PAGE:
O'DONNELL SAYS IRELAND CAN BE PROUD OF ITS RESPONSE TO THE REFUGEE CRISIS IN KOSOVO - AND WILL CONTINUE TO PLAY ITS PART
- Response from Public and State Agencies overwhelming
- Says huge refugee burden on FYROM must be eased
- £ 6.39 million agreed by Cabinet for humanitarian crisis in Kosovo
The Minister of State at the Department of Foreign Affairs, Liz O'Donnell TD, says Ireland can be proud of its response to the humanitarian emergency in Kosovo - and will continue to provide the necessary resources to ensure the highest standard of care and assistance for refugees in this country.
Speaking in a Dail debate on human rights today, the Minister said her Department was in daily touch with the UNHCR and is ready to respond immediately to a further request to take in additional refugees.
"We made an initial commitment to receive 1,000 refugees and, so far, upwards of 700 will have arrived by later today when the latest group arrives in county Kerry.
The welcome given to them has been outstanding and there have been many offers of support and hospitality from local communities. In addition, the response of the Irish public has been tremendous with Irish agencies receiving at least £6 million in voluntary contributions from the public since the start of the crisis".
"There has been an unprecedented and unique team effort on the part of central government departments, local authorities and health boards. Public services, local authorities and individuals have rallied around to ensure that the refugees who arrive
in this country are given a very warm welcome and are provided with the care and services they need".
Minister O'Donnell said in the short time they had been here, the Kosovar refugees had already begun to take an active part in their local communities.
"Already, some have taken up employment. Mothers with children have joined mother-and-toddler groups. Some children have started swimming lessons and have been introduced to GAA games. Language classes are commencing for adults with a separate summer programme for children who will attend local schools in the autumn" she added.
She confirmed that Ireland had already contributed £2.6 million in humanitarian assistance to the region and the Government had agreed this week to a further allocation of £6.39 million.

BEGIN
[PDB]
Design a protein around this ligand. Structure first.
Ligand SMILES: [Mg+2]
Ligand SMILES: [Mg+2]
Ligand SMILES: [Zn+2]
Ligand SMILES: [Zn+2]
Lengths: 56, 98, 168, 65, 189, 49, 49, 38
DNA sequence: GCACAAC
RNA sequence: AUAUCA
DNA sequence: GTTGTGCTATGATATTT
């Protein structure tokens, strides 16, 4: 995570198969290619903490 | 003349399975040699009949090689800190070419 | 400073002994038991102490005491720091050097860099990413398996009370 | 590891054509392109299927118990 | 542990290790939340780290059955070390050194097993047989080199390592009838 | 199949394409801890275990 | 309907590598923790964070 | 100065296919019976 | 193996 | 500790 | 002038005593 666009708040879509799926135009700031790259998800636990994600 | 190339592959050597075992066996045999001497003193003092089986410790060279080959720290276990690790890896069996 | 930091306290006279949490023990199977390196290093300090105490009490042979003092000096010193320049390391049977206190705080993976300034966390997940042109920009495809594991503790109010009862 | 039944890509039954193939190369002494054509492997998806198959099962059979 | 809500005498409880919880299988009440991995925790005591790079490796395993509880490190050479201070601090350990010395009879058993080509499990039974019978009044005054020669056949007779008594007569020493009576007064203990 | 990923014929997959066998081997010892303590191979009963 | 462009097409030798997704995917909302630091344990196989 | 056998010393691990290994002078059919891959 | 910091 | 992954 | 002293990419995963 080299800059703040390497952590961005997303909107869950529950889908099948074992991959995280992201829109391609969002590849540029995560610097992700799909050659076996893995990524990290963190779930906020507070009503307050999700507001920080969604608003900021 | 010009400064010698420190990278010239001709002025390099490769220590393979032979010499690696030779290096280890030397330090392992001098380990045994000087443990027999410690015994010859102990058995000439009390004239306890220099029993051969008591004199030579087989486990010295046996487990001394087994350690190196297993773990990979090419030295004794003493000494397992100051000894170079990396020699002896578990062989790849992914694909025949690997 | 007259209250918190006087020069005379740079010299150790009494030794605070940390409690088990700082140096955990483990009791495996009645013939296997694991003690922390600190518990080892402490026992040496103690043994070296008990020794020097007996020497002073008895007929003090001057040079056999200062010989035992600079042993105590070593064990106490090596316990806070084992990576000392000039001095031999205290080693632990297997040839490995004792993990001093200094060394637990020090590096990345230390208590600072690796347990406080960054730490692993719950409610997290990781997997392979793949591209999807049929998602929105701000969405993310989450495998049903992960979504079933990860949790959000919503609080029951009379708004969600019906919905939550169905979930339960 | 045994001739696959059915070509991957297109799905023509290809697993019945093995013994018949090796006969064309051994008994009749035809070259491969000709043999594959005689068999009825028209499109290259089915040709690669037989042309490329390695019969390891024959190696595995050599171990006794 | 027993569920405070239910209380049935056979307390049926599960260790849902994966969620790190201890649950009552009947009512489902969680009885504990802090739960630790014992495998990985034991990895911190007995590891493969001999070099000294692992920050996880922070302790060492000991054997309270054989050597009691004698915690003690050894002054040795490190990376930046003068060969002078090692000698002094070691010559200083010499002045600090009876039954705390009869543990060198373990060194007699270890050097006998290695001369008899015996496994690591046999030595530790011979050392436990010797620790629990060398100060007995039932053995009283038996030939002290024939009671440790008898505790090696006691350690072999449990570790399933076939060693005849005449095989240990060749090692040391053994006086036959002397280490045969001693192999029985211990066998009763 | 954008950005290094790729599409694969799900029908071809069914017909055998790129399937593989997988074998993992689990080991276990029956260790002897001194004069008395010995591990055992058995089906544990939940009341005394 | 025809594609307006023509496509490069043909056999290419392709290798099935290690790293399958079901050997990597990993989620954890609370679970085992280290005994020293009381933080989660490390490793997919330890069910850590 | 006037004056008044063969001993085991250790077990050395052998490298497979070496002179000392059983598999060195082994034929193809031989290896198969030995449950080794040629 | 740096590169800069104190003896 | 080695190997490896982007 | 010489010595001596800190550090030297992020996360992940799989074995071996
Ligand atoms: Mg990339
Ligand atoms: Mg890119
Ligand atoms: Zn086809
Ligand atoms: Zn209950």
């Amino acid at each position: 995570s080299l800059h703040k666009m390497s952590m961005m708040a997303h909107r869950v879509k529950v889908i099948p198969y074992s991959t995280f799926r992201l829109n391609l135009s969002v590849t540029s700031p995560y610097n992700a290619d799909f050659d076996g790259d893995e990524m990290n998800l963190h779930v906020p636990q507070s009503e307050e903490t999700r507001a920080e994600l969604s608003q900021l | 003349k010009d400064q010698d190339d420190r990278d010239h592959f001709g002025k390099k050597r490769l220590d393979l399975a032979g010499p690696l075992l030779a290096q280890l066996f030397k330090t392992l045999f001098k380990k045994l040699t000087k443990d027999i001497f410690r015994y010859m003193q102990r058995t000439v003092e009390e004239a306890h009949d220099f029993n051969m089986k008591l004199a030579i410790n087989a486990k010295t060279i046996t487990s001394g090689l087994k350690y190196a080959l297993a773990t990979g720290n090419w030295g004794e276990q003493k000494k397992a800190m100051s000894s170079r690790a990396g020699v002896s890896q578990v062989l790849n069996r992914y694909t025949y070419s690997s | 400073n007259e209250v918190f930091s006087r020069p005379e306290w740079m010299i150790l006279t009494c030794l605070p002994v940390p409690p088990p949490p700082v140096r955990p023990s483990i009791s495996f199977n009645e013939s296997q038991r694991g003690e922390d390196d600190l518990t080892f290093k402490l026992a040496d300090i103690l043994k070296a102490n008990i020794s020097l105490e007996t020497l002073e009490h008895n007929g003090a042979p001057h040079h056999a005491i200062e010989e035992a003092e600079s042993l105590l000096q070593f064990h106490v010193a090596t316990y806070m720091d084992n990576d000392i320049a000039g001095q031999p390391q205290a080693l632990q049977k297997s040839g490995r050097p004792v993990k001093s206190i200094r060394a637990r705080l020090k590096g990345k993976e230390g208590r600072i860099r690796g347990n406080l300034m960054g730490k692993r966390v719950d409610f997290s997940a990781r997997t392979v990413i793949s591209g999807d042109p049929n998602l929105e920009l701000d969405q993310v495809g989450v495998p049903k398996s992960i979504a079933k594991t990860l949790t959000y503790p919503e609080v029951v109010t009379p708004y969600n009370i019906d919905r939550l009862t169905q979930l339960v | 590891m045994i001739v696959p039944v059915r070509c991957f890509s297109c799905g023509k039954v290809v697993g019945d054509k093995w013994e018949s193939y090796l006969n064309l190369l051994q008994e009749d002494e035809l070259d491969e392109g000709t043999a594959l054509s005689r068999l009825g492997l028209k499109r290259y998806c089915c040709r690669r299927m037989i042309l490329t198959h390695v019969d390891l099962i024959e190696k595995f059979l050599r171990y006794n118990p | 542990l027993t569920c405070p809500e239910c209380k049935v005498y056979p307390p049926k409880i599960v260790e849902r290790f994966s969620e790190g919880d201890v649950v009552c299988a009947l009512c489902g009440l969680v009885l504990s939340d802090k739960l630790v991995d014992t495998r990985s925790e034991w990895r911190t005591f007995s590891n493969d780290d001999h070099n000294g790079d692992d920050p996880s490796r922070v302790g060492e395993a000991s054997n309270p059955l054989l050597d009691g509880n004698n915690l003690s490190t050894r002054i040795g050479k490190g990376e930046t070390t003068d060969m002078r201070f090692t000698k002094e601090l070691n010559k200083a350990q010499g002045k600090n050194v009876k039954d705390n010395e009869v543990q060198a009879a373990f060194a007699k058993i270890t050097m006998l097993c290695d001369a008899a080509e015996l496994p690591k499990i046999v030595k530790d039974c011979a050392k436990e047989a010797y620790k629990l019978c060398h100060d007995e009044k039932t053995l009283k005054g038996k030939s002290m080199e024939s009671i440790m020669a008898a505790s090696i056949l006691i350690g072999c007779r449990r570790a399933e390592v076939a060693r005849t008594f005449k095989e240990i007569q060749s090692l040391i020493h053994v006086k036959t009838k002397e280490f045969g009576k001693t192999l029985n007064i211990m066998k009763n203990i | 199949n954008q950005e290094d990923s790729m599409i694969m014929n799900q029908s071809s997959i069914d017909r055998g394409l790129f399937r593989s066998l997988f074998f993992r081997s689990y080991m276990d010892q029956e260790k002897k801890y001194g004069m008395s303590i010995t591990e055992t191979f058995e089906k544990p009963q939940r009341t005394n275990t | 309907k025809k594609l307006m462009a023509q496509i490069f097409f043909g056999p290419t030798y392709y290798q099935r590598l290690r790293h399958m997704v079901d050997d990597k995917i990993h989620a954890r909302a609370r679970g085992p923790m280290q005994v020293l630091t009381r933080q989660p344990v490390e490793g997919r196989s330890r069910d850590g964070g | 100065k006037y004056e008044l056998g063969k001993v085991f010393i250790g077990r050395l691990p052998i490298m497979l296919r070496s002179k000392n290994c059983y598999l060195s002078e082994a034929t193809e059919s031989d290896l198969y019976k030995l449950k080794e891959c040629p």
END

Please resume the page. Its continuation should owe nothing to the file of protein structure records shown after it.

"Six million pounds is being sought to allow us to continue to respond to this and other emergencies which may arise over the remainder of the year. The rest will be used to bolster the resources of the Refugee Agency, under the aegis of the Department of Foreign Affairs, to help it implement Ireland's refugee evacuation programme. A technical team from Irish Aid will visit the region later this month to monitor the funding already disbursed and to develop proposals for future assistance" the Minister added.
She told the Dail the international community would have to continue to provide for the immediate needs of the thousands of people who were being denied the most basic human rights and were living in the most difficult conditions in the countries bordering Kosovo where up to 700,000 were in camps with host families.
"In addition to purely humanitarian concerns, it is imperative to demonstrate solidarity with States like FYROM and Albania which are bearing the brunt of the consequences of the crisis in Kosovo. While our overriding priority has to be a political settlement, the needs of the refugees must be met for as long as is necessary. FYROM is carrying a disproportionately heavy burden and it is in the interests of all who wish to see stability return to the region that we deliver assistance to that vulnerable country with the minimum delay" she said.